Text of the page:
Illustrated maps that fold in 55 directions and messy dry-erase boards have long been ski areas’ preferred methods of announcing trail locations and conditions. But in 2014, three Colorado friends decided those analog resources weren’t the best means of conveying real-time information. In other words, they were tired of making their ways over to midmountain lifts only to find them closed and annoyed with wrong turns that led them to become accidental obstacles on slalom courses.

The trio—which includes an aerospace engineer, a Marine veteran, and a Harvard-educated virology Ph.D.—formed Centennial-based Alpine Media Technology and spent two years developing screens for gondolas and chairlifts. (The key was creating a now-patented electrical system that keeps its power in freezing temperatures; essentially, the apparatus recharges itself as it winds around the bullwheel at the bottom of the lift.) The company’s monitors are roughly the size of an iPad and scroll through details about, say, which runs have been groomed and which ones are closed; they also relay mountain happenings, like the start time for a concert in the main village. Alpine launched a pilot program at Winter Park Resort last year and will likely expand to 10 more locales (Telluride Ski Resort included) this season.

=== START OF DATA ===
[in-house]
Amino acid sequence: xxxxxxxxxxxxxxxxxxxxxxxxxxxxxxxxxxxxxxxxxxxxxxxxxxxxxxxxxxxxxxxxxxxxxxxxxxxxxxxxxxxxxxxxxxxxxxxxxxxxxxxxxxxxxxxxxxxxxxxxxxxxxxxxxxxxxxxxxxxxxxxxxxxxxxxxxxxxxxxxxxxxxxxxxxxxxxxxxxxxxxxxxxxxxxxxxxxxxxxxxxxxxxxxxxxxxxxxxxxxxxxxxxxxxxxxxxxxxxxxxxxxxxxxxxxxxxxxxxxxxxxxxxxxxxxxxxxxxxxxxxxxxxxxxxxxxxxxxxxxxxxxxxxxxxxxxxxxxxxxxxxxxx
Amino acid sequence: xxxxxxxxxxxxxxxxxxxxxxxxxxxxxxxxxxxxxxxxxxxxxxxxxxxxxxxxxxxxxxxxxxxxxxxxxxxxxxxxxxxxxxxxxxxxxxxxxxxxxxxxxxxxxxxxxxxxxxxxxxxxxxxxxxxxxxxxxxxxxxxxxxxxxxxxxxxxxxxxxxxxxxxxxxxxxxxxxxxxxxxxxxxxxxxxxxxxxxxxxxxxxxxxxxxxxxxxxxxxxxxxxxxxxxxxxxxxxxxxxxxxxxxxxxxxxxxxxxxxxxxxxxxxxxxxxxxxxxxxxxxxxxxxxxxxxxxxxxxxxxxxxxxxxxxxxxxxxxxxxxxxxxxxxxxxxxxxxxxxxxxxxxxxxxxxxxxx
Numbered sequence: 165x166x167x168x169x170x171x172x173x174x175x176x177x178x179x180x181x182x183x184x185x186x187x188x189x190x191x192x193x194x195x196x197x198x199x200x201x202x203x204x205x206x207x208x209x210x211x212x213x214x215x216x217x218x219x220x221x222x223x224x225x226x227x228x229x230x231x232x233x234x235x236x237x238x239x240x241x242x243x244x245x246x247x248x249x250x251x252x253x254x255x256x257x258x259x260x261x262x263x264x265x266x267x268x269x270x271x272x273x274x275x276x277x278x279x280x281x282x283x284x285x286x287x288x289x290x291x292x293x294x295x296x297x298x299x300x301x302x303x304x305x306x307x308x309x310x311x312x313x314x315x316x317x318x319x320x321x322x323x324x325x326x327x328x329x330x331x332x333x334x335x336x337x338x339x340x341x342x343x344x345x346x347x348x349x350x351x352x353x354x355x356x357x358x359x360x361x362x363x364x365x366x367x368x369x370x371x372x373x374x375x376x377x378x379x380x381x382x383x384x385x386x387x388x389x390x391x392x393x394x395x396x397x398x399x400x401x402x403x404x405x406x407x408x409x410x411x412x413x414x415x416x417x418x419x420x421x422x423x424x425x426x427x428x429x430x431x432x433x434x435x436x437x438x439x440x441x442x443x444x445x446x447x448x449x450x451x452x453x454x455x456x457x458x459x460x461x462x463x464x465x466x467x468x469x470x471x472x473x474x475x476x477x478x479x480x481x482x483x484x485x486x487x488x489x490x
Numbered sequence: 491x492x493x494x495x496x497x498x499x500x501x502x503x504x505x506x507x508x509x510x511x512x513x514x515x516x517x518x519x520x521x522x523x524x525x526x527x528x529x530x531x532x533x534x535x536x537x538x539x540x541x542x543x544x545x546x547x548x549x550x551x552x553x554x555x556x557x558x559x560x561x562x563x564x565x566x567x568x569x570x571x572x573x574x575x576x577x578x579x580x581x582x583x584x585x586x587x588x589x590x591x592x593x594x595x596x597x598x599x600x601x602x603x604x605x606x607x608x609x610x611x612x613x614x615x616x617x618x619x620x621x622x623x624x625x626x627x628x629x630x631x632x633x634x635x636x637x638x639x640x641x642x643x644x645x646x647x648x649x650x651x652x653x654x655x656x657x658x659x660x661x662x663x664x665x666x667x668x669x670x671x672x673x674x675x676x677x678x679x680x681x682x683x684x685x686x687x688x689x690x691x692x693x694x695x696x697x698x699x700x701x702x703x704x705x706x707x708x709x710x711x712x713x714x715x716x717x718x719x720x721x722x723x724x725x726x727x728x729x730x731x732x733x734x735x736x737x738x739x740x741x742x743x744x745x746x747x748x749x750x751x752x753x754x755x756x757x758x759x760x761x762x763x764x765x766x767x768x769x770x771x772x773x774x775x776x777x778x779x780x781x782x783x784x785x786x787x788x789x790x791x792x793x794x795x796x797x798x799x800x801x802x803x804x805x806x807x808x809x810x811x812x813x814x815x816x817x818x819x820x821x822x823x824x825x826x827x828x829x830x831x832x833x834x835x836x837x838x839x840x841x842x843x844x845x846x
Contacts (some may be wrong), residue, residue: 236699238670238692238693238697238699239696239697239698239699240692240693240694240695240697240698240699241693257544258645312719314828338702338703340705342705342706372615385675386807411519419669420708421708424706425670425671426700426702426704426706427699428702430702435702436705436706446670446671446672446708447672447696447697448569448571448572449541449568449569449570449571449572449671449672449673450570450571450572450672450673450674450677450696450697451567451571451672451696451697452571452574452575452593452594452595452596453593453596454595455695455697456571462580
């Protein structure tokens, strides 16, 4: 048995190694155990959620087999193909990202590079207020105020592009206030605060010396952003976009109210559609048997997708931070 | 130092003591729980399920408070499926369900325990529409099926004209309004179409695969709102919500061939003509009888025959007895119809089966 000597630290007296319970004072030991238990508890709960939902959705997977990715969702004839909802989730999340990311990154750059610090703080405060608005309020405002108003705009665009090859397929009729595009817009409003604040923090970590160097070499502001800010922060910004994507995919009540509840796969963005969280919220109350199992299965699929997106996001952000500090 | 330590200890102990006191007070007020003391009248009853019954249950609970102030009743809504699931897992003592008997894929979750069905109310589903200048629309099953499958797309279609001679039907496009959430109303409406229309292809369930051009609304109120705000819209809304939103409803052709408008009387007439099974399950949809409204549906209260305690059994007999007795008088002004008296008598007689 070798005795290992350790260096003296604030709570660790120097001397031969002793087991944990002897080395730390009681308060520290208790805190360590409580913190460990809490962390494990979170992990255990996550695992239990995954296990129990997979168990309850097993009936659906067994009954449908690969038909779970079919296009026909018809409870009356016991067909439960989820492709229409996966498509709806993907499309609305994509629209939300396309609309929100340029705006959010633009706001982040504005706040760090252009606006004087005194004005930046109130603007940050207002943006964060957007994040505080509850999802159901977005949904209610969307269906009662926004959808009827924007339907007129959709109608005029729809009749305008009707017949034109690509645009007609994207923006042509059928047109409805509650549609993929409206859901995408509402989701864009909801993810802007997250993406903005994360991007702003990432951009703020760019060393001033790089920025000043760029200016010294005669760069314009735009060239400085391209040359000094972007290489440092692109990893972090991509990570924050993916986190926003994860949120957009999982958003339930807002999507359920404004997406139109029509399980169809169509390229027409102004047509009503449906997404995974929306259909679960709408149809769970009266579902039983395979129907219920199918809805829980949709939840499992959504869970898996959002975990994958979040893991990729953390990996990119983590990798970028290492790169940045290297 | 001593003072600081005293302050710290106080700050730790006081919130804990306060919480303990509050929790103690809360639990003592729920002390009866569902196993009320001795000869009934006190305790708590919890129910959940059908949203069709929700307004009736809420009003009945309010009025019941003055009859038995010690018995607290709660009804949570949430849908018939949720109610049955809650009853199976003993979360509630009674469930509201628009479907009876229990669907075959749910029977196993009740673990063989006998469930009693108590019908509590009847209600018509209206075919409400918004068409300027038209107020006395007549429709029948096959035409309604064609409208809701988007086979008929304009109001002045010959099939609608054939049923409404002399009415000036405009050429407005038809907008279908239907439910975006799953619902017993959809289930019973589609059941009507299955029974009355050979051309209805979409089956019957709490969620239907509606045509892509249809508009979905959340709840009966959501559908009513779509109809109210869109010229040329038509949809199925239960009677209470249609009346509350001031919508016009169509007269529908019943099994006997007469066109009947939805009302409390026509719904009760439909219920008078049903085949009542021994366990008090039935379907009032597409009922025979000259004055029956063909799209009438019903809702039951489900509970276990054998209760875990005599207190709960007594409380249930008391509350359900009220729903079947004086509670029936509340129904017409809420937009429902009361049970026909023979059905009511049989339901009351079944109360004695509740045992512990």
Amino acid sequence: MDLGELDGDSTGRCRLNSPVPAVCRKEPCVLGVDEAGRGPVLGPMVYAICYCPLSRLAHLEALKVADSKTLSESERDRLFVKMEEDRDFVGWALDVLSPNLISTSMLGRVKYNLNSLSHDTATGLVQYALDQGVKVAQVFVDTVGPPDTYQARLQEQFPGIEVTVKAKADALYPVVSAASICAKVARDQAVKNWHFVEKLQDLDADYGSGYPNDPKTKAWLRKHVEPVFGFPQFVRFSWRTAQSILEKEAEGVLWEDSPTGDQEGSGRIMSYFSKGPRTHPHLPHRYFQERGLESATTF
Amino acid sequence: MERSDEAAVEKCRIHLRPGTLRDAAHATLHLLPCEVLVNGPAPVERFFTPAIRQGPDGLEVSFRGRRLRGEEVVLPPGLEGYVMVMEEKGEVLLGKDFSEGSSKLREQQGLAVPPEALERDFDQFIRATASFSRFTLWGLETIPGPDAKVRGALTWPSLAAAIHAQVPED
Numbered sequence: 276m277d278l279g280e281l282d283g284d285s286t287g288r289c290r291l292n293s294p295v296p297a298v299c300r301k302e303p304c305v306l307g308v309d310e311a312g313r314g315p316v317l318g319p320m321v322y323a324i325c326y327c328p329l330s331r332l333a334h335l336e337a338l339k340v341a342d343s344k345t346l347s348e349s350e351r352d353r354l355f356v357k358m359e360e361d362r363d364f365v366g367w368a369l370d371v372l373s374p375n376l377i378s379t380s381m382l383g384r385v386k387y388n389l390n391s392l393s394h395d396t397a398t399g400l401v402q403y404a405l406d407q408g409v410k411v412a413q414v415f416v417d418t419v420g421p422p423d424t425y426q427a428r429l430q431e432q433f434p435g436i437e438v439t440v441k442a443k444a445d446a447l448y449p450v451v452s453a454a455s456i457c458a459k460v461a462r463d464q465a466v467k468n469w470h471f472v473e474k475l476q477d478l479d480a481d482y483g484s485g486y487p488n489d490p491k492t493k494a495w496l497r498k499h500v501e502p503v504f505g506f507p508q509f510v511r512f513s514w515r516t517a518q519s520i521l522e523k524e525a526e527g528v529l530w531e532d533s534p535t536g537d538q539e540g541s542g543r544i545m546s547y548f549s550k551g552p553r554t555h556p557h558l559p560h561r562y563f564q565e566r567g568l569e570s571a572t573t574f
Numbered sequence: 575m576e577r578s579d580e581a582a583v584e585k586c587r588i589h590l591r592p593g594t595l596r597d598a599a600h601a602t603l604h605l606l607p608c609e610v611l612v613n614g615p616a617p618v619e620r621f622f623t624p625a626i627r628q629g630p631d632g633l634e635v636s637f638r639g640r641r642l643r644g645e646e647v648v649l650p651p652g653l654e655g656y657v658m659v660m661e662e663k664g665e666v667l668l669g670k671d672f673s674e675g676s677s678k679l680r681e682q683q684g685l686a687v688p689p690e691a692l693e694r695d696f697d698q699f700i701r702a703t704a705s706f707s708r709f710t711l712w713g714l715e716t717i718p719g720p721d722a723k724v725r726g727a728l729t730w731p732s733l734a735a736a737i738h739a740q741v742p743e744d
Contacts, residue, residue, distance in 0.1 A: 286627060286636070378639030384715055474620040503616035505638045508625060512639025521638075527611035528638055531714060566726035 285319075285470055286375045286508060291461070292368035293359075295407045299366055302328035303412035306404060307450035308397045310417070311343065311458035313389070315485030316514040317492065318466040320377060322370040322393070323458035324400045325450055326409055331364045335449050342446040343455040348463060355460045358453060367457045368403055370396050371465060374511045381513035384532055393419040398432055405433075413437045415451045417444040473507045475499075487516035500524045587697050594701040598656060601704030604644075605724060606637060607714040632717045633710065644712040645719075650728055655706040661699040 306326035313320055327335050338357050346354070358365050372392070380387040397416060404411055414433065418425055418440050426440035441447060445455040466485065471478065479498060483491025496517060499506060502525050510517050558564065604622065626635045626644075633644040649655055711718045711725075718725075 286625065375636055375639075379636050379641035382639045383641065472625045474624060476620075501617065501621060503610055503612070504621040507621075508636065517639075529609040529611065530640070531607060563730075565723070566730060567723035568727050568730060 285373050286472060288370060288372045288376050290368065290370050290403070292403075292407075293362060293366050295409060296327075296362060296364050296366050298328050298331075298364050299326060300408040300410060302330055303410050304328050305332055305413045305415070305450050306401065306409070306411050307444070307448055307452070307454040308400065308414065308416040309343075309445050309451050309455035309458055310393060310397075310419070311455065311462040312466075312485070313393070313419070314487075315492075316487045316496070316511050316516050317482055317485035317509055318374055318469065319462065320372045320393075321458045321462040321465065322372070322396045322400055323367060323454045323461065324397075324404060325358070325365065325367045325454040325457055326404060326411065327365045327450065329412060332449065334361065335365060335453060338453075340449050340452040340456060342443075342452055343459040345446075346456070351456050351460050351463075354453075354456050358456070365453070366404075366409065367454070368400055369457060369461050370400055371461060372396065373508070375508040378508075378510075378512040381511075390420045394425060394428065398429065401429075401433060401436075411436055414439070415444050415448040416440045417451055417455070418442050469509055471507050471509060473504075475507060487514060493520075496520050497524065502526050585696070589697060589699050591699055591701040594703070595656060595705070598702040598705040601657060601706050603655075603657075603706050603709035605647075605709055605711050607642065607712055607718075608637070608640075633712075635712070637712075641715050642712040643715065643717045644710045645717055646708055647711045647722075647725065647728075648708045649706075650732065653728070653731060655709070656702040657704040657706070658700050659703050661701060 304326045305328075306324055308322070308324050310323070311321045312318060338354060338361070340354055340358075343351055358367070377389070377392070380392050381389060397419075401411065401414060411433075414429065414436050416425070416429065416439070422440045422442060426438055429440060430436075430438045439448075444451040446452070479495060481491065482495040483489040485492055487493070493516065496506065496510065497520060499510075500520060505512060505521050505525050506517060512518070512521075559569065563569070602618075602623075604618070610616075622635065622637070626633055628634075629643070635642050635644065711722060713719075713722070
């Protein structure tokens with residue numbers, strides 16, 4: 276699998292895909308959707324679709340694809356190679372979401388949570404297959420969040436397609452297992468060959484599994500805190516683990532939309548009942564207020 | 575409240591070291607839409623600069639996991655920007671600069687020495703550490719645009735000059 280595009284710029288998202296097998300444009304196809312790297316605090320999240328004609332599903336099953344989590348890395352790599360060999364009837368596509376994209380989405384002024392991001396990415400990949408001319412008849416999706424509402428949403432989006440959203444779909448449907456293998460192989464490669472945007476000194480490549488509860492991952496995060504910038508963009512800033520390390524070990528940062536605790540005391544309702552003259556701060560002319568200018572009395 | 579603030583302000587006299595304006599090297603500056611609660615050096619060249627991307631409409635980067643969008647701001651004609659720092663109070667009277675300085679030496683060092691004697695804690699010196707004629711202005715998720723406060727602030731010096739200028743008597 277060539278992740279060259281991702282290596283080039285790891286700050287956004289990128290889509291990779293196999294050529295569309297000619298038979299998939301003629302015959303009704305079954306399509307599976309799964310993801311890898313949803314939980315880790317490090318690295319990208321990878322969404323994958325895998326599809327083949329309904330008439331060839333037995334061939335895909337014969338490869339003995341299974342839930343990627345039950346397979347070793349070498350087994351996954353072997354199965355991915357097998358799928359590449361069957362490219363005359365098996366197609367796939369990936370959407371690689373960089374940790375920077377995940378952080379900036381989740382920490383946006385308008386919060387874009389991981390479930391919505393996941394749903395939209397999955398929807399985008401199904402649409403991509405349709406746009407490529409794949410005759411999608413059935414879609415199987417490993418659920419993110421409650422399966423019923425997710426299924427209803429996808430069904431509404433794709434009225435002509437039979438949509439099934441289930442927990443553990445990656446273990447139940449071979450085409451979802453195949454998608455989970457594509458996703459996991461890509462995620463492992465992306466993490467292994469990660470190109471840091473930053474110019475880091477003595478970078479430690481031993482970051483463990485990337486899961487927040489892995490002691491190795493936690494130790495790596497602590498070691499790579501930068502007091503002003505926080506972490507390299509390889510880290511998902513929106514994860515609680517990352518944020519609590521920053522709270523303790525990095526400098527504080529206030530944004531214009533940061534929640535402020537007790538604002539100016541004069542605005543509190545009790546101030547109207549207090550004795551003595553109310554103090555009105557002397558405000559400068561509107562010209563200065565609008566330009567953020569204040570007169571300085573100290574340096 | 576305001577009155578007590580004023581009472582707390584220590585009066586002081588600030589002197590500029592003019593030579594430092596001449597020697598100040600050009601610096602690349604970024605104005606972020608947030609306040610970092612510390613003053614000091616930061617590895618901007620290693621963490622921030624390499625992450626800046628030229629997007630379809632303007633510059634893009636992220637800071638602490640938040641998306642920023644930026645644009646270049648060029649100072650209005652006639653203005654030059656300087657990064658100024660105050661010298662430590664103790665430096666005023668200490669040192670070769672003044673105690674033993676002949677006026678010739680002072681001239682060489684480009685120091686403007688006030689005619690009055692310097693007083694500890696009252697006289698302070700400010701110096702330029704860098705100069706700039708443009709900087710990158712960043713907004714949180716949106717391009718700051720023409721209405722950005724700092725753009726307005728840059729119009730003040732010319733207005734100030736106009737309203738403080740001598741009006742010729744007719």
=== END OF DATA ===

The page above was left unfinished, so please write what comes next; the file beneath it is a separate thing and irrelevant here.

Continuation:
In an effort to keep the new technology from jacking up the price of your already expensive lift ticket, Alpine gives the devices to ski resorts for free. However, the company’s willingness to share may have one potential drawback for skiers looking to fully immerse themselves in the outdoors: Because a good chunk of Alpine’s revenue comes from advertising, your powder days now come complete with banner ads.